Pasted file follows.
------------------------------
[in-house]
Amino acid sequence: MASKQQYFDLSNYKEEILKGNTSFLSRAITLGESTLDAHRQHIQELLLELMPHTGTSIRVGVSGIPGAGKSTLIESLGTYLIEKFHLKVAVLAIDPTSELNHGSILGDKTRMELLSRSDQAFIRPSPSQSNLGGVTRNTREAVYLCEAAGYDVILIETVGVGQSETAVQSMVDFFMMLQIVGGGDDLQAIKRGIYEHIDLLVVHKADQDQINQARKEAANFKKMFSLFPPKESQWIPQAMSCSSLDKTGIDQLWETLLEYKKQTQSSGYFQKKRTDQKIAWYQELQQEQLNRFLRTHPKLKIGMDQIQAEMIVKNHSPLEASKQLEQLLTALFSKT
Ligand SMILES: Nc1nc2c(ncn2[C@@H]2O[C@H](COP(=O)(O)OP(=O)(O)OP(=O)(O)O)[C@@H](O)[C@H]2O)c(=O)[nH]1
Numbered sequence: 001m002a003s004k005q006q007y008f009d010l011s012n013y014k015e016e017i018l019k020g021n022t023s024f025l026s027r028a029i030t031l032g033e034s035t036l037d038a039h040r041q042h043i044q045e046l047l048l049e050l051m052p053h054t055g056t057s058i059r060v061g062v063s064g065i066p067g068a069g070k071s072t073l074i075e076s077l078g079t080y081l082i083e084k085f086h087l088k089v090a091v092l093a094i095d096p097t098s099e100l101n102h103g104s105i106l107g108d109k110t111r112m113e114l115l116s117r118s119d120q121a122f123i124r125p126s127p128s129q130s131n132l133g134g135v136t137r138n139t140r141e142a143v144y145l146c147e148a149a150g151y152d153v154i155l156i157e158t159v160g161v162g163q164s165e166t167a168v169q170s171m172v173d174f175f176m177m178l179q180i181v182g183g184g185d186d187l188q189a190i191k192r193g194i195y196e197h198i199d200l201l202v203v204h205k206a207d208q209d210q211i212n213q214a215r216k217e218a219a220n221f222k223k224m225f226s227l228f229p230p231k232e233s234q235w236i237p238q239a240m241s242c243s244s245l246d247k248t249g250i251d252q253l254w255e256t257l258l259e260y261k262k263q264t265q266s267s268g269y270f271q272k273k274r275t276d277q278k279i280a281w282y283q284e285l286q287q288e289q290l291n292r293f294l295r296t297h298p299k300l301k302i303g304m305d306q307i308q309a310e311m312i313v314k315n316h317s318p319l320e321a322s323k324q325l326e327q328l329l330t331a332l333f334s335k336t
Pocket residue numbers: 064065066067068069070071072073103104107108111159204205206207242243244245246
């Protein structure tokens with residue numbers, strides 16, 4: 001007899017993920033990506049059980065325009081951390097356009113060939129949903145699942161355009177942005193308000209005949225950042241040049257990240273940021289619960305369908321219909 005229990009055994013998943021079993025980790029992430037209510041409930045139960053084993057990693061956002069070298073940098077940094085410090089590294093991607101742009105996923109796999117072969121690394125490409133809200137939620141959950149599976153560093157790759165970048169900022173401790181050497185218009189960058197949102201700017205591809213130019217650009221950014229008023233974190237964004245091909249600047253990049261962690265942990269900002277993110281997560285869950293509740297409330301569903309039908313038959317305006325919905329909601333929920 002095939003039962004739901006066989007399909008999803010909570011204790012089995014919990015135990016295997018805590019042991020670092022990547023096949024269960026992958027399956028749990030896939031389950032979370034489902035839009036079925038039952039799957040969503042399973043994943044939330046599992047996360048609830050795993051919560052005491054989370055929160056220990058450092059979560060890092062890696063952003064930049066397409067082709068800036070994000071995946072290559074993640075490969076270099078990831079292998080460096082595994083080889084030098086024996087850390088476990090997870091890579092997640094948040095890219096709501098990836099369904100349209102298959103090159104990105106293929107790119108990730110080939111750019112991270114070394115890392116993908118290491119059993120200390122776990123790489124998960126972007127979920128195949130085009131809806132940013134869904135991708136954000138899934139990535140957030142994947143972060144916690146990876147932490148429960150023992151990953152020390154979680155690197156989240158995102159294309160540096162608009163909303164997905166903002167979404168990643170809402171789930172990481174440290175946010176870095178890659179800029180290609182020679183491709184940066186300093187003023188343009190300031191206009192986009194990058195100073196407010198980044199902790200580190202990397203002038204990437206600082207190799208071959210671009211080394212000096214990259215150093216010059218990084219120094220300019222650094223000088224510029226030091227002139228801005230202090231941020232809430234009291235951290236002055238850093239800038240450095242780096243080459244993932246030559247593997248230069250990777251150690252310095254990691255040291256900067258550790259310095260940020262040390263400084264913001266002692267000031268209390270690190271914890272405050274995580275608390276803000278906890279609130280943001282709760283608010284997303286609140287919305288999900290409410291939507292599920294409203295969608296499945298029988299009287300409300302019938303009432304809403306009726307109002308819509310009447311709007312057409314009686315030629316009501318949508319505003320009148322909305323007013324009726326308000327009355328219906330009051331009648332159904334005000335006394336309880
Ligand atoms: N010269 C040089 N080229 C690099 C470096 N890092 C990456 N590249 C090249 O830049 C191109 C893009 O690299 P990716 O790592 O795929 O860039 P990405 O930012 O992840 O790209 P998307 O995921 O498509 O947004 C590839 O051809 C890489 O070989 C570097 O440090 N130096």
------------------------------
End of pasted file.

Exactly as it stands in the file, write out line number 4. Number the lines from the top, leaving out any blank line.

Numbered sequence: 001m002a003s004k005q006q007y008f009d010l011s012n013y014k015e016e017i018l019k020g021n022t023s024f025l026s027r028a029i030t031l032g033e034s035t036l037d038a039h040r041q042h043i044q045e046l047l048l049e050l051m052p053h054t055g056t057s058i059r060v061g062v063s064g065i066p067g068a069g070k071s072t073l074i075e076s077l078g079t080y081l082i083e084k085f086h087l088k089v090a091v092l093a094i095d096p097t098s099e100l101n102h103g104s105i106l107g108d109k110t111r112m113e114l115l116s117r118s119d120q121a122f123i124r125p126s127p128s129q130s131n132l133g134g135v136t137r138n139t140r141e142a143v144y145l146c147e148a149a150g151y152d153v154i155l156i157e158t159v160g161v162g163q164s165e166t167a168v169q170s171m172v173d174f175f176m177m178l179q180i181v182g183g184g185d186d187l188q189a190i191k192r193g194i195y196e197h198i199d200l201l202v203v204h205k206a207d208q209d210q211i212n213q214a215r216k217e218a219a220n221f222k223k224m225f226s227l228f229p230p231k232e233s234q235w236i237p238q239a240m241s242c243s244s245l246d247k248t249g250i251d252q253l254w255e256t257l258l259e260y261k262k263q264t265q266s267s268g269y270f271q272k273k274r275t276d277q278k279i280a281w282y283q284e285l286q287q288e289q290l291n292r293f294l295r296t297h298p299k300l301k302i303g304m305d306q307i308q309a310e311m312i313v314k315n316h317s318p319l320e321a322s323k324q325l326e327q328l329l330t331a332l333f334s335k336t